Kinder Morgan Sues City of Kyle over Anti-Pipeline Ordinance

City of Kyle, an Austin suburb was sued by Kinder Morgan over the passage of an ordinance that the company says aims to keep the proposed $2 billion Permian Highway Pipeline project out of town.

The 430 miles, the 42-inch diameter Permian Highway Pipeline project will connect the fruitful Permian Basin of West Texas to the Katy natural gas hub near Houston and is designed to move 2 billion cubic feet of natural gas per day. The proposed route faces stiff opposition in the Texas Hill Country, Hays County and the City of Kyle.

The Kyle City Council passed an ordinance on July 2nd stating that all natural gas pipelines with a diameter of 30 inches or more would require a city permit. Kinder Morgan, in a 22-page lawsuit filed on Monday in U.S. District Court in Austin, alleges that the City of Kyle overstepped state and federal law.

“While municipalities have the authority to impose certain fees in discrete circumstances under Texas law, those fees must be both reasonably calculated and tied to the actual costs incurred by the city administering valid municipal regulations,” Kinder Morgan said in a statement.

The ordinance states that the pipelines must be buried at least 13 feet below the surface and be located at least 200 feet away from schools, day cares, hospitals, retirement homes and other sensitive facilities.

Kinder Morgan has also filed a complaint with the Railroad Commission and the company says the Permian Highway Pipeline’s route affects the fewest number of landowners and is environmentally sound.


Texas Oil, Gas Regulator Receives Significant Increase in Budget

Texas' oil and gas regulator just received a significant increase in funding from the Legislature, which will boost the commission's well plugging, pipeline and well inspection programs.

Due to the recent oil bust, the Railroad Commission of Texas cut its budget by $1.3 million each month over the past year as well as froze hiring so it could focus on funding for permitting and inspecting wells. Abandoned well sites significantly increased during the downturn, posing a problem for the commission as they struggled to inspect and plug them with such a funding deficit.

At a recent legislation session, however, the commission received a 46 percent increase in its budget to $256 million.

The commission plans to use most of the funding increases toward programs for well plugging, oil field cleanup, and pipeline safety. Much of it will also go toward filling job positions and digitizing decades of oil and gas records.

The commission, which is responsible for plugging abandoned oil and gas wells, monitoring oil and gas operations, overseeing pipelines, and regulating the state's gas utilities, now has the money it needs to carry out its basic functions and fill funding shortfalls for other responsibilities like conducting a data backup and increasing salaries.

Fuel Fix

Legislator Pursues Necessary Changes for Texas' Oil, Gas Regulator

Dallas Democratic representative Rafael Anchia put forth two bills last week aimed at changing the name of Texas' oil and gas regulator and ordering the commission to post all of its data on inspections and violations on its website for the public to view.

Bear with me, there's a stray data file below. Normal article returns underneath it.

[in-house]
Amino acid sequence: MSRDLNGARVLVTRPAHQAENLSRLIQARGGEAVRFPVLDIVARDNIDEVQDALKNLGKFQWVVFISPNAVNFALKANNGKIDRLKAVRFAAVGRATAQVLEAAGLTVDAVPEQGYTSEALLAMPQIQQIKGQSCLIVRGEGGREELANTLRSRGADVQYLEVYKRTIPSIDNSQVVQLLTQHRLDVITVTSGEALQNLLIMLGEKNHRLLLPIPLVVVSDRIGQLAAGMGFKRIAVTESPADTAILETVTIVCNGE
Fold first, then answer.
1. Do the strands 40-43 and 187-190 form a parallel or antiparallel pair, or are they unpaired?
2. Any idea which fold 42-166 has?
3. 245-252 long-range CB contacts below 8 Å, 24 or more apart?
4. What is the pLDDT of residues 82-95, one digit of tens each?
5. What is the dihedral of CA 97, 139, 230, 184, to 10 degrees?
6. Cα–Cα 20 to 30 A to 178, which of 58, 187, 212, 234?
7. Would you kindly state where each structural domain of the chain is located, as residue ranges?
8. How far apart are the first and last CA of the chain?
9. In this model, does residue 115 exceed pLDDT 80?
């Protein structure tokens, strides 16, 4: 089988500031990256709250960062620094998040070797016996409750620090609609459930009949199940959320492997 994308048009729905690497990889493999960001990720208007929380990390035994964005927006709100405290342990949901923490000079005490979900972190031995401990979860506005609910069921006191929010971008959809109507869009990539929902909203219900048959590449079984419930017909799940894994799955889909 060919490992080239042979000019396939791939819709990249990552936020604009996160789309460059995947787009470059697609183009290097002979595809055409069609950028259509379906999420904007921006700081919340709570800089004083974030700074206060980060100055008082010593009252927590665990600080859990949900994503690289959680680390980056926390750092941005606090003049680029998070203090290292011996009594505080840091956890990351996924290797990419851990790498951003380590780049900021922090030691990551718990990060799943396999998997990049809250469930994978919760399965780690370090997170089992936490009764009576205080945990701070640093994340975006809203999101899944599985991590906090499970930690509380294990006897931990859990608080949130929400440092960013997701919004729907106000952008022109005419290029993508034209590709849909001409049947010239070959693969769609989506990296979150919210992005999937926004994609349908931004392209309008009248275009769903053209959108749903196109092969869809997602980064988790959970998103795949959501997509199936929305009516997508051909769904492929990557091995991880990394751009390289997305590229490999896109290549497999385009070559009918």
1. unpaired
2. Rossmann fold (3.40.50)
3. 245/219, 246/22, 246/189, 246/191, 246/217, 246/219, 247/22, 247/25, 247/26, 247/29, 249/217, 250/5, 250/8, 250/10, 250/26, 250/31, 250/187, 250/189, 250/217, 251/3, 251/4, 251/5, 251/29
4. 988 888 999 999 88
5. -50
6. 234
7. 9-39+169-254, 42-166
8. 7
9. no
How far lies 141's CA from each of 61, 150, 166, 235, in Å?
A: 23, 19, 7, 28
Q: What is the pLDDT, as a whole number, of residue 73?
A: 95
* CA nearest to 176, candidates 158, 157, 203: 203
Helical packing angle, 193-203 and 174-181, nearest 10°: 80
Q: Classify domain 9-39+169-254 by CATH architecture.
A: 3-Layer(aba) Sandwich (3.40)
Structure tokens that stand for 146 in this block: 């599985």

This is not the first time efforts have been made to change the name of the Railroad Commission of Texas as legislators and environmental advocates have been requesting it for years. As put forth in Anchia's House Bill 237, advocates believe changing the commission's name to Texas Energy Resources Commission would better reflect the duties of the commission.

Efforts to make the commission's data on violations and inspections available for public viewing have also been pursued over the last several years but have subsequently failed.

The Texas Railroad Commission this year asked lawmakers for additional funding of $45 million to use toward commission improvements including updating its aging IT computer system in order to make it web-based for public viewing. Their current system is 40 years old and outdated, inhibiting the commission to make data readily available for the public to search. The House and the Senate, however, are divided on how much additional spending the commission should receive, if any at all.

Anchia put forth the two bills in the House's Energy Resources committee, which is made up of 10 Republicans and three Democrats.

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Texas Regulator Requests $45 Million from Lawmakers for More Inspectors, Updated Technology

In an effort to increase inspectors, upgrade its technology, and reduce its inspections backlog, Texas' oil and gas industry regulator is requesting $45 million from the Legislature.

The Texas Railroad Commission said it needs more inspectors and computer systems to reach its goal of inspecting every well in Texas at least once every five years. Because of lack of resources, the commission said two out of three wells in Texas go without inspection for about five years.

The commission reported that about 1,400 violations were issued last year when inspecting wells, mainly involving failure to adequately plug inactive wells and protect water sources from toxic chemicals. These violations were issued only to wells that were able to be inspected, leaving many unknown problems open to those that have yet to be reached due to lack of inspectors.

Executive Director Kim Corley said the commission is nowhere near where it would like to be as data is currently stored on a non web-based, 40-year-old system that cannot be easily reached.